The Lincoln Plawg - the blog with footnotes

Politics and law from a British perspective (hence Politics LAW BloG): ''People who like this sort of thing...'' as the Great Man said

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Monday, June 21, 2004

Air America: the gory financial details

No doubt the likes of Rush Limbaugh and Bill O'Reilly have been glorying in a piece in the Wall Street Journal [1] which picks over the shambolic start that Air America made, looked at as a business. Which certain of the managers eminently failed to do: they seemed to have viewed it as a cross between a charity and a game of Monopoly.

Remember when one of the station owners of its 'network'
MultiCultural locked Air America out of its studios and kicked it off the airwaves in Chicago and Los Angeles. An Air America employee wrote on the network's Web site that MultiCultural's Chief Executive Arthur Liu was a "Liu-ser" and "Liu-cifer" and that Air America was "chasing him down with a pipe wrench."

About as much thought seems to have gone into post-launch Air America by its top men as post-invasion Iraq by USG.

There are one or two nuggets. For example,
As the network tried to repair the damage, it was also fighting with [Al] Franken over how his salary was paid. As the network's star, Mr. Franken had negotiated a pay package valued at more than $1 million a year, according to a copy of the contract viewed by The Wall Street Journal. On the evening of April 26, Mr. [David] Goodfriend [AAR's acting CEO] says he was asked by Mr. [Evan] Cohen [one of AAR's owners] to show Mr. Franken a deposit slip that would prove he'd been paid a portion of his salary. Mr. Cohen says he only asked Mr. Goodfriend to negotiate with Mr. Franken.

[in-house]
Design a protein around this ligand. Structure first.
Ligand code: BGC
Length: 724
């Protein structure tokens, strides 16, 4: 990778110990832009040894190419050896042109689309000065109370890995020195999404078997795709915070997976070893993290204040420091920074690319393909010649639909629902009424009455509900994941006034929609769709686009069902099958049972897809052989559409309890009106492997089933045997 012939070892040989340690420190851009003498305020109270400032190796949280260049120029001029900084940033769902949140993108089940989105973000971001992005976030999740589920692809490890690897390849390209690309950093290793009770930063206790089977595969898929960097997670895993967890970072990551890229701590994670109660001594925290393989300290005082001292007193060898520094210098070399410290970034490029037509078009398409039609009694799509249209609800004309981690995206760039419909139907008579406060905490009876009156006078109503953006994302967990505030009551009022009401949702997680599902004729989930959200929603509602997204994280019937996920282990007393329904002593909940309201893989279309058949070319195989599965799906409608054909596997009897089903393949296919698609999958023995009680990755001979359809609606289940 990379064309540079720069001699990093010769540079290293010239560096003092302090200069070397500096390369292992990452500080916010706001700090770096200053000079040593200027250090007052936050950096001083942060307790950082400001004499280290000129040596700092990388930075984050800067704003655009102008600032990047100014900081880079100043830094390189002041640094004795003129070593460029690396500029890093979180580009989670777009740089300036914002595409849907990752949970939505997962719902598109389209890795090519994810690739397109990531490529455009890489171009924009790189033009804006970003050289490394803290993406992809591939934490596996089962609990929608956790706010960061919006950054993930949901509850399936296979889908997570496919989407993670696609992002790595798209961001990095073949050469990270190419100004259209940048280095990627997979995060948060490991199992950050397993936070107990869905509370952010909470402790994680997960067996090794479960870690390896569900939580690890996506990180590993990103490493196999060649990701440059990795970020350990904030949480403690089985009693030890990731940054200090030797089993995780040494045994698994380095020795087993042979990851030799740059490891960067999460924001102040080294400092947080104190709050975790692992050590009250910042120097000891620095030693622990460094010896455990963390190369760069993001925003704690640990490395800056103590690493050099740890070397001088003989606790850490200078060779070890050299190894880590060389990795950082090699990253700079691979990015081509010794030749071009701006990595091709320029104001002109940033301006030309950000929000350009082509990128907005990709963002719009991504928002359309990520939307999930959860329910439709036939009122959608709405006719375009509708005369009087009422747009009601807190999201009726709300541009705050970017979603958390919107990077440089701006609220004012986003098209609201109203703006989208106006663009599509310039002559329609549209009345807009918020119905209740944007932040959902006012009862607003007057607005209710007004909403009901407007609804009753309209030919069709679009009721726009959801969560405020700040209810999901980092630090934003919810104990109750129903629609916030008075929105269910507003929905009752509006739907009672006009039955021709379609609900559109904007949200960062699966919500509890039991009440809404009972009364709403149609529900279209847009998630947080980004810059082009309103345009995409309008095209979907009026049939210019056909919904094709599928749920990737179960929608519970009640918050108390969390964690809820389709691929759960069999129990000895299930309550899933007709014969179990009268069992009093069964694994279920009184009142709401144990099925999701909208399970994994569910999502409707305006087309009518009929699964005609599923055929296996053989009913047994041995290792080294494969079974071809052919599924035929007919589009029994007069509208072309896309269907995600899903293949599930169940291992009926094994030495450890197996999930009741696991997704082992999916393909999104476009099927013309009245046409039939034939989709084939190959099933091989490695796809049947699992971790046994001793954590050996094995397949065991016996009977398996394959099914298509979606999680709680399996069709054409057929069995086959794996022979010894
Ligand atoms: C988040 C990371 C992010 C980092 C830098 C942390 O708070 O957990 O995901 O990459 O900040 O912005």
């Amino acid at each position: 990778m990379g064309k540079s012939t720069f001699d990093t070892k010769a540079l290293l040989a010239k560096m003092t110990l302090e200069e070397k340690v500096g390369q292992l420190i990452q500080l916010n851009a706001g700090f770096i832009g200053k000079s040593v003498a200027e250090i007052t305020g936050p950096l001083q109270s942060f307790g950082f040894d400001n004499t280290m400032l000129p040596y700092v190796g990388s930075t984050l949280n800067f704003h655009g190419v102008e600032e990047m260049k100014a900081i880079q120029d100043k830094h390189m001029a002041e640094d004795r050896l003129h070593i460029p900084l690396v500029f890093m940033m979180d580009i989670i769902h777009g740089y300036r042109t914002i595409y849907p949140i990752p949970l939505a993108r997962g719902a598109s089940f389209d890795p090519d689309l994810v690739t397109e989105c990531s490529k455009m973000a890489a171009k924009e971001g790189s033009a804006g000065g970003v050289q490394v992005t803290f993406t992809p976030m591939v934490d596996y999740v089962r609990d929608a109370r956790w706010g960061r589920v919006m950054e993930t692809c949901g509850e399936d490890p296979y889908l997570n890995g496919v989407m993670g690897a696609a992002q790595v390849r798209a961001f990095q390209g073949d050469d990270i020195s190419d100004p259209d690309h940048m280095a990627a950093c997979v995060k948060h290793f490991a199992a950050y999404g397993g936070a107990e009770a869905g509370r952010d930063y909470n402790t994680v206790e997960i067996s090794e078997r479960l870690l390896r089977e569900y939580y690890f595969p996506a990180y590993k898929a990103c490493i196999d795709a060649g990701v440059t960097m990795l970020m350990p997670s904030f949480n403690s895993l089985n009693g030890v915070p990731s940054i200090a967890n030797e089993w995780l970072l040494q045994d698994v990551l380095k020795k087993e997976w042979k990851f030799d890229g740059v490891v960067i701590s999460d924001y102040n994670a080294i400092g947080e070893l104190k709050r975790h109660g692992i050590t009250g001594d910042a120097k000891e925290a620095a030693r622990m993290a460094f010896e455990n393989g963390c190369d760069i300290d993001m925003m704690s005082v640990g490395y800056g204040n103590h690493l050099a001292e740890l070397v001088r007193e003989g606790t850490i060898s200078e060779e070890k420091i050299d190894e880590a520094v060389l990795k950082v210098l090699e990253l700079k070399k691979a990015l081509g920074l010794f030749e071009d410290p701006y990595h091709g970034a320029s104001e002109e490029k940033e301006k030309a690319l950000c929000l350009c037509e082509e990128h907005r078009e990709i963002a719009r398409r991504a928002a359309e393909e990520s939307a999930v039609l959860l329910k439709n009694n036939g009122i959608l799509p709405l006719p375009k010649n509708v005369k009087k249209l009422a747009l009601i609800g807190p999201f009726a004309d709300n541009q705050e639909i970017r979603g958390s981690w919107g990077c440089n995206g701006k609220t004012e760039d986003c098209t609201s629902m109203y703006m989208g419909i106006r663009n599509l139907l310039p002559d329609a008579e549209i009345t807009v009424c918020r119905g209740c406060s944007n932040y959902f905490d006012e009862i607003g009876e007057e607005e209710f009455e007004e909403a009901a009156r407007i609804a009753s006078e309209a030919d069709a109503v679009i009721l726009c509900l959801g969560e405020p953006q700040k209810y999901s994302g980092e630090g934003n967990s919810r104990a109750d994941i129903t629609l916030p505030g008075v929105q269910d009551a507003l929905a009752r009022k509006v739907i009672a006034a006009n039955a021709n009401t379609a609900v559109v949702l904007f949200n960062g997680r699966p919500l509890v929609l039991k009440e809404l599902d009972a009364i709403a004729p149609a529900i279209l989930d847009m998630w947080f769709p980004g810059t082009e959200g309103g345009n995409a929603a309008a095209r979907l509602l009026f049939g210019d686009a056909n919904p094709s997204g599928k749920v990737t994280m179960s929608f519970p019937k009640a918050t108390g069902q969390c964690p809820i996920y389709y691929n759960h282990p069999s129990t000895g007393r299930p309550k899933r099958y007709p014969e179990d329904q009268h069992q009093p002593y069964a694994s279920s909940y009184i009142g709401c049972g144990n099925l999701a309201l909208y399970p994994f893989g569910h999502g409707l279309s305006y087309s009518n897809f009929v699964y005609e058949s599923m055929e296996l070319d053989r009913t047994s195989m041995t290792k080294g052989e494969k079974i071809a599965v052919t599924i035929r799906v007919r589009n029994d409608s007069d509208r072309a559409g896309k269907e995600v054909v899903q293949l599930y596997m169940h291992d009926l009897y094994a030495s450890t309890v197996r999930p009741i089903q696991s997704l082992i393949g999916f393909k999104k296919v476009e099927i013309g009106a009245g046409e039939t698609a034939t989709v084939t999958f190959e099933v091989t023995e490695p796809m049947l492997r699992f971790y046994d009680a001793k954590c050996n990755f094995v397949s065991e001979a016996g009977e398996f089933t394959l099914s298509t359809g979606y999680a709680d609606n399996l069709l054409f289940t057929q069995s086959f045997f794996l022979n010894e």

The next day, Mr. Goodfriend went to Mr. Franken's Manhattan apartment to meet Mr. Franken's wife, who manages her husband's finances. Over the Frankens' kitchen table, the two tore open an envelope sent over by Mr. Cohen that they thought was going to contain proof of the payment. All they found was a stack of irrelevant documents.

The whole thing was a Mickey Mouse operation [2]: anyone who knows anything about starting this sort of venture knows that the first thing on the lawyers' to-do list is to ensure that the financing is locked in before any investor is committed. If I'm promoting a company, and I get a sucker to invest by falsely telling him that so many millions have already been committed to the venture, I'm committing a criminal offence in most jurisdictions in the Western world, I'd have thought. That seems to be the leading mischief in the case of AAR.

(My beef with AAR is with its content. I've not much changed my views since May 2 - for the very good reason that AARR doesn't much seem to have changed its programmes!)

  1. The eminently sane news pages, rather than the foaming-at-the-mouth op-eds. The source, as ever in this neck of the woods, is the essential Romenesko.

  2. In the colloquial sense: I can't see the Disney Co producing quite so spectacular a series of business snafus.


I recall a T-shirt on offer on liberal sites a couple of months ago featuring the Bush foreign policy team (Bush to the fore) with the legend Dude, Where's My Weapons? One might repeat the poster, this time with AAR presenters (with Franken taking Bush's place!) and the legend Dude, Where's My Salary?.

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